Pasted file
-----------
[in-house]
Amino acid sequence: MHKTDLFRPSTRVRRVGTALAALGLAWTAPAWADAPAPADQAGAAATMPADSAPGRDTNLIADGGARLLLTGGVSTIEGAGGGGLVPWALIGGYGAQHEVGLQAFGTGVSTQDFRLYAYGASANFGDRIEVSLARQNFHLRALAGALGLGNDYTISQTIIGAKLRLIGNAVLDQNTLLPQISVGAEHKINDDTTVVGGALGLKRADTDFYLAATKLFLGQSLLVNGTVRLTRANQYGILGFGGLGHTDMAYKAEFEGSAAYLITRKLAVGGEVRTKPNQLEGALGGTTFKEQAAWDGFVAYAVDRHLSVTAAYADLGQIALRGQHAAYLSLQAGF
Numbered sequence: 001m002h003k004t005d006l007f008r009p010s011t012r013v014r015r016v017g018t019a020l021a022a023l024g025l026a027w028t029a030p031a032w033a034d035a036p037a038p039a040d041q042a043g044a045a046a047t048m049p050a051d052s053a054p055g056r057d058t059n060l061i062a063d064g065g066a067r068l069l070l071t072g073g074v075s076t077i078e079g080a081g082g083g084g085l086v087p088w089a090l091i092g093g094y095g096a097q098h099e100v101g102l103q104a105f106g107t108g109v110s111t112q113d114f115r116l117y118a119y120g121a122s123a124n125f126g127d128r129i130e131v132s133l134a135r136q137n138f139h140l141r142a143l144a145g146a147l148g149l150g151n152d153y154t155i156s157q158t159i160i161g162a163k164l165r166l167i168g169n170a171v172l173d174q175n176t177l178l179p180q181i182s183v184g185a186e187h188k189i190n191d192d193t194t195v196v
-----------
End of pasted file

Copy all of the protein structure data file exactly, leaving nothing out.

[in-house]
Amino acid sequence: MHKTDLFRPSTRVRRVGTALAALGLAWTAPAWADAPAPADQAGAAATMPADSAPGRDTNLIADGGARLLLTGGVSTIEGAGGGGLVPWALIGGYGAQHEVGLQAFGTGVSTQDFRLYAYGASANFGDRIEVSLARQNFHLRALAGALGLGNDYTISQTIIGAKLRLIGNAVLDQNTLLPQISVGAEHKINDDTTVVGGALGLKRADTDFYLAATKLFLGQSLLVNGTVRLTRANQYGILGFGGLGHTDMAYKAEFEGSAAYLITRKLAVGGEVRTKPNQLEGALGGTTFKEQAAWDGFVAYAVDRHLSVTAAYADLGQIALRGQHAAYLSLQAGF
Numbered sequence: 001m002h003k004t005d006l007f008r009p010s011t012r013v014r015r016v017g018t019a020l021a022a023l024g025l026a027w028t029a030p031a032w033a034d035a036p037a038p039a040d041q042a043g044a045a046a047t048m049p050a051d052s053a054p055g056r057d058t059n060l061i062a063d064g065g066a067r068l069l070l071t072g073g074v075s076t077i078e079g080a081g082g083g084g085l086v087p088w089a090l091i092g093g094y095g096a097q098h099e100v101g102l103q104a105f106g107t108g109v110s111t112q113d114f115r116l117y118a119y120g121a122s123a124n125f126g127d128r129i130e131v132s133l134a135r136q137n138f139h140l141r142a143l144a145g146a147l148g149l150g151n152d153y154t155i156s157q158t159i160i161g162a163k164l165r166l167i168g169n170a171v172l173d174q175n176t177l178l179p180q181i182s183v184g185a186e187h188k189i190n191d192d193t194t195v196v